How pathetically funny they are, mocking supply-siders like me, when this report shows that, well, they're full of it. Don Luskin explained why Krugman's "wrong again on the budget," especially in what federal taxes are increasing. Payroll taxes are surging. Don is absolutely right to say that higher payroll taxes imply an increase in employment levels and wages. How do liberals harmonize the increase in payroll taxes with their claims of poor job growth and wages not keeping up with inflation? They can't, because it must be one or both. But what do you expect when liberal quasi-economists like this one often don't know what they're talking about?
It's truly stupid for anyone short of God to state "full employment is 5% unemployment" as fact, let alone to allege that's what "economists believe." Claiming that an entire profession believes a disputable "fact" is one of Krugman's shadier tactics, like when he said "journalists" didn't think Paul Bremer was passionate about democratizing Iraq. "Full employment" fluctuates, and there's a lot of disagreement as to how much it is, or if it's something to worry about at all. Besides, if we're now at "full employment," defined as the level of employment where inflation is not increasing, then why was the Fed concerned about inflation when unemployment was higher? That's because there are two types of inflation: are we talking about rising prices because of supply and demand, or because of Fed monetary policy? Also, nobody can say with real certainty what "full employment" is. As Luskin pointed out, we get into a lot of trouble when a central bank targets what it decides "full employment" is.
Once upon a time, some economists thought that full employment was 6%. During the later 1990s, some wondered if it was down to 4.5% or possibly 4%. I myself maintain that we're better off looking at the underlying statistics behind "full employment," instead of worrying about a meaningless yardstick of our employment being at (one measure of) "equilibrium." The later 1970s, with both high unemployment and inflation, had lower "full employment" than during the dotcom boom. In turn, "full employment" is lower today than during the late 1990s. We need to stop wasting energy worrying that inflation will increase if we have too much employment, and instead focus on low tax rates so businesses have a reason to add jobs.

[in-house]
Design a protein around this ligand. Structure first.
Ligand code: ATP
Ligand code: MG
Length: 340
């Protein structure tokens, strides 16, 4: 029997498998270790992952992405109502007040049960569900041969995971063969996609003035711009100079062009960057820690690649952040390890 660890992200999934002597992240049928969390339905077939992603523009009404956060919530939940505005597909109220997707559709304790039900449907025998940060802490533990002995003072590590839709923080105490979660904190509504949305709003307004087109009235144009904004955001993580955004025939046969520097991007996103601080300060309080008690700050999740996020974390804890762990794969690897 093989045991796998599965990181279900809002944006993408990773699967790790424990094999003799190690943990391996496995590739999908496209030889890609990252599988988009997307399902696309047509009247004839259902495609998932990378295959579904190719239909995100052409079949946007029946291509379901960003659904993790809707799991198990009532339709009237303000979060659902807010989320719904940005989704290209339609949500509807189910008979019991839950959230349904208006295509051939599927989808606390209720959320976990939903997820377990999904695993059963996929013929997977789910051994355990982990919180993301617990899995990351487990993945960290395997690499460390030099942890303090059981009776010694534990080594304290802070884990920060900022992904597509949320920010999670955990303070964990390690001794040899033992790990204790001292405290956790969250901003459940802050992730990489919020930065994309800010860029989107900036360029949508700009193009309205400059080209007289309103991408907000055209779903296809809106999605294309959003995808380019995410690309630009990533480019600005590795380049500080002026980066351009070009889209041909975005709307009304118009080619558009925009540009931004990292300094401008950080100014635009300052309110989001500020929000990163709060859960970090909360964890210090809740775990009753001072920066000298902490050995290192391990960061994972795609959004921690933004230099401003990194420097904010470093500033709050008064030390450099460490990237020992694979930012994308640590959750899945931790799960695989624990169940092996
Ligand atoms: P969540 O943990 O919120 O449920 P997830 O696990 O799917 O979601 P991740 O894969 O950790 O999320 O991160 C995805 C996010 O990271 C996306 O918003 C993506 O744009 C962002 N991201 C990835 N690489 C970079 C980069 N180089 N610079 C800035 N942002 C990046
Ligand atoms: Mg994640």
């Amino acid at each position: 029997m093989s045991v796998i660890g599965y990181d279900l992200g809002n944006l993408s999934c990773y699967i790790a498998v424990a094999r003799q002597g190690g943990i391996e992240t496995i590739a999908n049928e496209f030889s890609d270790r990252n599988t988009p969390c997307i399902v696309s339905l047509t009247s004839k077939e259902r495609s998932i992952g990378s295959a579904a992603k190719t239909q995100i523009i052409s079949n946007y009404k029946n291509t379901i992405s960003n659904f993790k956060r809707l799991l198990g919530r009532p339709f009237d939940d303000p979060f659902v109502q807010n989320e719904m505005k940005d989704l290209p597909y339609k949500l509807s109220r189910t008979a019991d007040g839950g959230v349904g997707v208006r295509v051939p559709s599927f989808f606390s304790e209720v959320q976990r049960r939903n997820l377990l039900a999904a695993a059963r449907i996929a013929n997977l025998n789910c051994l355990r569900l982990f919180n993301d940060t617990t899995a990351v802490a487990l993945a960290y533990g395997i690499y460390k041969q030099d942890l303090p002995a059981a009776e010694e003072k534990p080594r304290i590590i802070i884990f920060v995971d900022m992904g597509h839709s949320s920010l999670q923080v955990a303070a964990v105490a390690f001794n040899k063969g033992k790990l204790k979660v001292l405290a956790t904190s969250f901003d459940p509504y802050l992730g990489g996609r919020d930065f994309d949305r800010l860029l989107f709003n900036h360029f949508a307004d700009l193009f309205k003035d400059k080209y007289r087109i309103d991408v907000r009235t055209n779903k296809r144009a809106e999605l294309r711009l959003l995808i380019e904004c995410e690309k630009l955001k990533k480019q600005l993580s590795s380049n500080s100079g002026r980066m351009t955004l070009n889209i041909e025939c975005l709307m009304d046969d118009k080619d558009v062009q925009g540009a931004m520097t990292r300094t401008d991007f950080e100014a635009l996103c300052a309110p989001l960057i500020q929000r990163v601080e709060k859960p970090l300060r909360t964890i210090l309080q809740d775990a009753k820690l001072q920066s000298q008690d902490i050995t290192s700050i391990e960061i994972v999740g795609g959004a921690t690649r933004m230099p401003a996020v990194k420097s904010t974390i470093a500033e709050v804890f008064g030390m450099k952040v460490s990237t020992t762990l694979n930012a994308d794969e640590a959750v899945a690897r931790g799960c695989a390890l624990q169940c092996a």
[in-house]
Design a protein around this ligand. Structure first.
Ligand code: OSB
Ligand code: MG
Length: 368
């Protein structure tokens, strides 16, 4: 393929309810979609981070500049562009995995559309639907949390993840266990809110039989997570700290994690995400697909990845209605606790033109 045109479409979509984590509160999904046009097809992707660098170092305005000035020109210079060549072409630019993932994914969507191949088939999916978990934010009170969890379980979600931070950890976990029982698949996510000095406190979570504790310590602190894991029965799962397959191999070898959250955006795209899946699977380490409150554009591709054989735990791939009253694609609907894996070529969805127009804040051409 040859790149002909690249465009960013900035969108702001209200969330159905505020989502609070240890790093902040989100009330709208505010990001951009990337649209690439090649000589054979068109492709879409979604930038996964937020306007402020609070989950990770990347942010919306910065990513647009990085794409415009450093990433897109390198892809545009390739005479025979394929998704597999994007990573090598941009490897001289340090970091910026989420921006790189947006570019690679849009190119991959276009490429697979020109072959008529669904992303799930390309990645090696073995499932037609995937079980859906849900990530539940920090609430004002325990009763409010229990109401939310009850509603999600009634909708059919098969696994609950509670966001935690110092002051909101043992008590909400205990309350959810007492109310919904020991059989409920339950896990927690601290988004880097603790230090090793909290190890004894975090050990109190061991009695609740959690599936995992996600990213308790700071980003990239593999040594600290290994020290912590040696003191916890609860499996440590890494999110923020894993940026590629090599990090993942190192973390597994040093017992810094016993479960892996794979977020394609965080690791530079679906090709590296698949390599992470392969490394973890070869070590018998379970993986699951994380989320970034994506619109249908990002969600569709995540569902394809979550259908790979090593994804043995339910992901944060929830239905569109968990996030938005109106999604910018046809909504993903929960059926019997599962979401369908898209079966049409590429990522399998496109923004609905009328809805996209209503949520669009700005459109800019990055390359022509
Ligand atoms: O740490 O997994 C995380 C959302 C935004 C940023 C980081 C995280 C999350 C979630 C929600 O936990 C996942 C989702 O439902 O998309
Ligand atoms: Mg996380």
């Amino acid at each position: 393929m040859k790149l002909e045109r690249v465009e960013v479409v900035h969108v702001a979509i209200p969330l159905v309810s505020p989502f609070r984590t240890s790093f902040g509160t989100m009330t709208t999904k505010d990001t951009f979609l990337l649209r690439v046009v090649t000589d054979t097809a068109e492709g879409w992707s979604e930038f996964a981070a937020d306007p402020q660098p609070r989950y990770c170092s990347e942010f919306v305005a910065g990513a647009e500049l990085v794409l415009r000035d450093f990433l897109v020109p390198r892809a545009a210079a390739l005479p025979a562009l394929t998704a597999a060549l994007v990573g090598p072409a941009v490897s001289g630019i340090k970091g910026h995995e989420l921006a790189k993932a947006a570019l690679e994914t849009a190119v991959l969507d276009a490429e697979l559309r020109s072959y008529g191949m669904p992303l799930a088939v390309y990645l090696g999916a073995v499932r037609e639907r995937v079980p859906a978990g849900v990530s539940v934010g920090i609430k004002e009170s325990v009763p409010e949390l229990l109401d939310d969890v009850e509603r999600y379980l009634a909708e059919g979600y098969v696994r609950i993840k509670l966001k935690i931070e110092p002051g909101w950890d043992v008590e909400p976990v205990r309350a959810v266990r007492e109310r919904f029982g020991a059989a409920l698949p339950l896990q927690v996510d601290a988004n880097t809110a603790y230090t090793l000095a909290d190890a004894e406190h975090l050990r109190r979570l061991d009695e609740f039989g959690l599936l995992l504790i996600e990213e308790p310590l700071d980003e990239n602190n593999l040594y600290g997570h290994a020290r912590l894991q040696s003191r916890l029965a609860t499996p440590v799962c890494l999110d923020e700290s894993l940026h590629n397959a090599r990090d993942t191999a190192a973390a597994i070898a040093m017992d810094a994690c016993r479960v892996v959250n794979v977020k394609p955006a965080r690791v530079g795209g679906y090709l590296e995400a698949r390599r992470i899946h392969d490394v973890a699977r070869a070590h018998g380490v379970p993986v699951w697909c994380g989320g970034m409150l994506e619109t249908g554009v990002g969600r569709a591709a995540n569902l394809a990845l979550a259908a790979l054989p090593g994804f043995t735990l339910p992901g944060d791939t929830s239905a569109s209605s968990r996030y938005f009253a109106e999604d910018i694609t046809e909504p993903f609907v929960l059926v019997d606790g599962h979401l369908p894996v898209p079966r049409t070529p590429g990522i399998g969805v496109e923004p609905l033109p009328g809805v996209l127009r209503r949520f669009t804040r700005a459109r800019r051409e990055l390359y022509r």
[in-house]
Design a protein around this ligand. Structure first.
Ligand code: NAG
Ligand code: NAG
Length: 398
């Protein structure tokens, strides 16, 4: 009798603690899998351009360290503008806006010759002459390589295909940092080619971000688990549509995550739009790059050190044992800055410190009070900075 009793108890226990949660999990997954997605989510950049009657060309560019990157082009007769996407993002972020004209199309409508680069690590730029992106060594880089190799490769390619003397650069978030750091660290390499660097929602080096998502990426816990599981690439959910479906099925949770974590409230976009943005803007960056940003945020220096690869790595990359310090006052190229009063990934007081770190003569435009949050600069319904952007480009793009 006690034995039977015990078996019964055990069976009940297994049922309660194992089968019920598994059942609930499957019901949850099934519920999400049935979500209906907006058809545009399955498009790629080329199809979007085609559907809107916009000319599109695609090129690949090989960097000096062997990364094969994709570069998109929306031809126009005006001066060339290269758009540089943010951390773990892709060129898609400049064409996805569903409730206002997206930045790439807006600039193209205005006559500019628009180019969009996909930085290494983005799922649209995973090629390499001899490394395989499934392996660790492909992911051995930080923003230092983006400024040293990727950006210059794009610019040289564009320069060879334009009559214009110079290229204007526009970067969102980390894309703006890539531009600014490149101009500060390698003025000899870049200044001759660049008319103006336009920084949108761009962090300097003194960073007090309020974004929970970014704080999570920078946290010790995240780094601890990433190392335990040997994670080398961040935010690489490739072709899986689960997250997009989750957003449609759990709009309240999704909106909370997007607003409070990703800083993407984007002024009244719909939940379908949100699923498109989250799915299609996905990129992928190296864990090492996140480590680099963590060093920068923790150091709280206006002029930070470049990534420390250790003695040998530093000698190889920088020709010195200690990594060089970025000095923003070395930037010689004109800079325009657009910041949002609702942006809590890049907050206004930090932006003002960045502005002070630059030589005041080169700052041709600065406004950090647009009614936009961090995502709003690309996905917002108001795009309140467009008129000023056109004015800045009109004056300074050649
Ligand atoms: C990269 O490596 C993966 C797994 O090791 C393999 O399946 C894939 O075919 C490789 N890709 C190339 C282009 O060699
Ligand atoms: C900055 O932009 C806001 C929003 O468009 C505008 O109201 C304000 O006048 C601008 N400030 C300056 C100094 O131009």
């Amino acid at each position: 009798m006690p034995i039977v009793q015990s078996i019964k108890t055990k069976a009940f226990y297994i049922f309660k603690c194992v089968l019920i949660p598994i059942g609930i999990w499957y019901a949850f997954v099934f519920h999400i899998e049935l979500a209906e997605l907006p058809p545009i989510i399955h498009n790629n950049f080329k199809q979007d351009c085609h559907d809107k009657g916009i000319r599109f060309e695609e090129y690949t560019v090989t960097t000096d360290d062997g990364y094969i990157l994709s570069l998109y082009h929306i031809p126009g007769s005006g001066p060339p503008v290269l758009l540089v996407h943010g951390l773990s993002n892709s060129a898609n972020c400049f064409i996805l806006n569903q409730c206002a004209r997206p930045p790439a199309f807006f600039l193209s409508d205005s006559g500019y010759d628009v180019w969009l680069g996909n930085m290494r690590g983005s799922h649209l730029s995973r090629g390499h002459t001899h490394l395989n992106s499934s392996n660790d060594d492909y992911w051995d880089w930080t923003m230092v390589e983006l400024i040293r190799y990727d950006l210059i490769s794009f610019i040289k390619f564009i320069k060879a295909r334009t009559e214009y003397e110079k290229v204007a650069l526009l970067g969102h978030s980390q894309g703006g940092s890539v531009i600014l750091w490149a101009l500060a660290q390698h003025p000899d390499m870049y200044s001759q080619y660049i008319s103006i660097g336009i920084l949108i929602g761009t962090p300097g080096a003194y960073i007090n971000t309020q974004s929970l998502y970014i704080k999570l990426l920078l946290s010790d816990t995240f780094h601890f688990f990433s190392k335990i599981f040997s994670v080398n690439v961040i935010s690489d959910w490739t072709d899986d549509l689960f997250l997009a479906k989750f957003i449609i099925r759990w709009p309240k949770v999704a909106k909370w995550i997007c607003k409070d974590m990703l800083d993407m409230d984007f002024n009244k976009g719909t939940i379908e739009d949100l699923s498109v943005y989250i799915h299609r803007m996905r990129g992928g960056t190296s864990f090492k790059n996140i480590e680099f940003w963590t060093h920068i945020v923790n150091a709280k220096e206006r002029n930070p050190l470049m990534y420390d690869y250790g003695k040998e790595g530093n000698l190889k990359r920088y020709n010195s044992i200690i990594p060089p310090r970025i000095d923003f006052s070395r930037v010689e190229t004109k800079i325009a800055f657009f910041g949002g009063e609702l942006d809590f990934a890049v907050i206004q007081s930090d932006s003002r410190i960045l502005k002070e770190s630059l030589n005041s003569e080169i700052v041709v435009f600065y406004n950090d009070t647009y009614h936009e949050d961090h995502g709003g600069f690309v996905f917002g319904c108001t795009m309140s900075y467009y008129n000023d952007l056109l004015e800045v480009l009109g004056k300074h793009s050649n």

Regarding something that that Stewart fellow wrote: perhaps this will be simple enough for liberals to understand. If problems with calculating unemployment mean that it's actually 1% higher than officially reported, then the same applies for the "economic miracle" Clinton years. It's only fair, since we used the same formulas then as now. So even if unemployment is calculated too low, for whatever reason, it doesn't mean our current economic expansion (we're long past the recovery stage) isn't so. It's all relative.